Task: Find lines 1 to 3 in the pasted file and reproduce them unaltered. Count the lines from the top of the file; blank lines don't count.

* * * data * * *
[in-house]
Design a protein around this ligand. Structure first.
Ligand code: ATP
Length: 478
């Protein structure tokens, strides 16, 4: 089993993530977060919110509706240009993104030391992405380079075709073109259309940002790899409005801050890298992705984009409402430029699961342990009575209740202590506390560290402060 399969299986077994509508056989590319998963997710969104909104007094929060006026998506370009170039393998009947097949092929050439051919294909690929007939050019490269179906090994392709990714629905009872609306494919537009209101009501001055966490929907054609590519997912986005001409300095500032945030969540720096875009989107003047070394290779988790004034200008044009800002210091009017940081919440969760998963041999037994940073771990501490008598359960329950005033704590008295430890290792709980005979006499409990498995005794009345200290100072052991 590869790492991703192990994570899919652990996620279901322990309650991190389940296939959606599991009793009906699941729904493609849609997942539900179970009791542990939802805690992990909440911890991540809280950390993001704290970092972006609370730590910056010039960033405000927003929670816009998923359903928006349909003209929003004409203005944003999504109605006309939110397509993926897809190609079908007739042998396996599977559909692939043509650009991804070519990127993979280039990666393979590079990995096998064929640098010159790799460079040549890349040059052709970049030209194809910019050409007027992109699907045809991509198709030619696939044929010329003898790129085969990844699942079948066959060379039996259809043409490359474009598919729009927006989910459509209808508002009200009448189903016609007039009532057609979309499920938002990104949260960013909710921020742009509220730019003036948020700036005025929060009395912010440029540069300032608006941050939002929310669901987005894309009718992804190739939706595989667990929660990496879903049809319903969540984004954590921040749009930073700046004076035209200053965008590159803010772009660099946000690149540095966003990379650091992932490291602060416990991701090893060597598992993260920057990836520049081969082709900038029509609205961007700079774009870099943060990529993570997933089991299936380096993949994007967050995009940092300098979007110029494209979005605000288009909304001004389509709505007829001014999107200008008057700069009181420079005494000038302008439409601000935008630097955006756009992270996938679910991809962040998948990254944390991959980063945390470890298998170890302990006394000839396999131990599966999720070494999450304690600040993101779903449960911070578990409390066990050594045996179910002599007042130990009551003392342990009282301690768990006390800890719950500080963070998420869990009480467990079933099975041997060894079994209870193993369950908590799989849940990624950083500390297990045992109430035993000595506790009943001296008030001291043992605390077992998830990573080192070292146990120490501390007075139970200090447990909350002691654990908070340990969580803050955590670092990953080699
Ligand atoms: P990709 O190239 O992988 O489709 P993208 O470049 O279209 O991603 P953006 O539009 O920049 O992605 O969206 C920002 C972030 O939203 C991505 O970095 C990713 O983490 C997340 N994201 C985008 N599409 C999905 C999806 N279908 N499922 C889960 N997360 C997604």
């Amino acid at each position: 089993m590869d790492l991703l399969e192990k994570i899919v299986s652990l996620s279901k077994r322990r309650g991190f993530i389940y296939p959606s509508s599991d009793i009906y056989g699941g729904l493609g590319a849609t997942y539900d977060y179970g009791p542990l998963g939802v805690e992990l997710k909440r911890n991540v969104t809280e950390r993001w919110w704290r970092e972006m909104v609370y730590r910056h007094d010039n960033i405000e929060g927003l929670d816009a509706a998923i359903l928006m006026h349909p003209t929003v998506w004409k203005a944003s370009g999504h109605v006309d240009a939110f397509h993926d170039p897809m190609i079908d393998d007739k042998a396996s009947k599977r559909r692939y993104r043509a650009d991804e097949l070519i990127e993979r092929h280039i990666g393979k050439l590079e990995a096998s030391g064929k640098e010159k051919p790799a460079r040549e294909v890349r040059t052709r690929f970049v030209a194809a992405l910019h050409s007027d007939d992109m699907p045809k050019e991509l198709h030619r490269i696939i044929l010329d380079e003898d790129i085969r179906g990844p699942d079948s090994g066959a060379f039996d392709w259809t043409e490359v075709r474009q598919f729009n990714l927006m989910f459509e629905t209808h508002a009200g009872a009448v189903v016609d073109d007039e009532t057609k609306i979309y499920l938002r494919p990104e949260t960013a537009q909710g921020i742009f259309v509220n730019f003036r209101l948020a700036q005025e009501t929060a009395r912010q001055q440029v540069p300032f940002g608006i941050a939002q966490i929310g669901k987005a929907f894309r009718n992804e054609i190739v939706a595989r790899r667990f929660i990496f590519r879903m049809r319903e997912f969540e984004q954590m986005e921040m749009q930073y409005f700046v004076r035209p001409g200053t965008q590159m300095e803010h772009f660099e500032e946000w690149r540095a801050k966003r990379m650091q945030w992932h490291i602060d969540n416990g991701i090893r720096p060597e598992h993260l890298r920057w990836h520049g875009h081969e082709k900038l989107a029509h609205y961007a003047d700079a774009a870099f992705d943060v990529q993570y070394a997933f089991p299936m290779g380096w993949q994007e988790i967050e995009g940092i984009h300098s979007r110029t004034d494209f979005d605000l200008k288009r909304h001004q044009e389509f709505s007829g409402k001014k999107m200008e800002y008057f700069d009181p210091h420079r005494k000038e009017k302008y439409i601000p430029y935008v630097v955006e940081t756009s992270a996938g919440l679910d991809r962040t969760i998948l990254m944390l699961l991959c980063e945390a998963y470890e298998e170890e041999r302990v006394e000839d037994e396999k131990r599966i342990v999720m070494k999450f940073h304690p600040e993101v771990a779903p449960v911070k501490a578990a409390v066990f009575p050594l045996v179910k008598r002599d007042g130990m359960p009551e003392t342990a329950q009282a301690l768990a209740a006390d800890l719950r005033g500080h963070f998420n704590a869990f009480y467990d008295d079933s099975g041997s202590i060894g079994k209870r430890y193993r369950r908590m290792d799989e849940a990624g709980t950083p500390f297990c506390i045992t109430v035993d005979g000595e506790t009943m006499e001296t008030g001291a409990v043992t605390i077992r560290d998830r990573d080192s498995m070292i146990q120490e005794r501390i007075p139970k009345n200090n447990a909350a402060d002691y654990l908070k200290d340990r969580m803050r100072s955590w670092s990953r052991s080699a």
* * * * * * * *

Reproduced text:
[in-house]
Design a protein around this ligand. Structure first.
Ligand code: ATP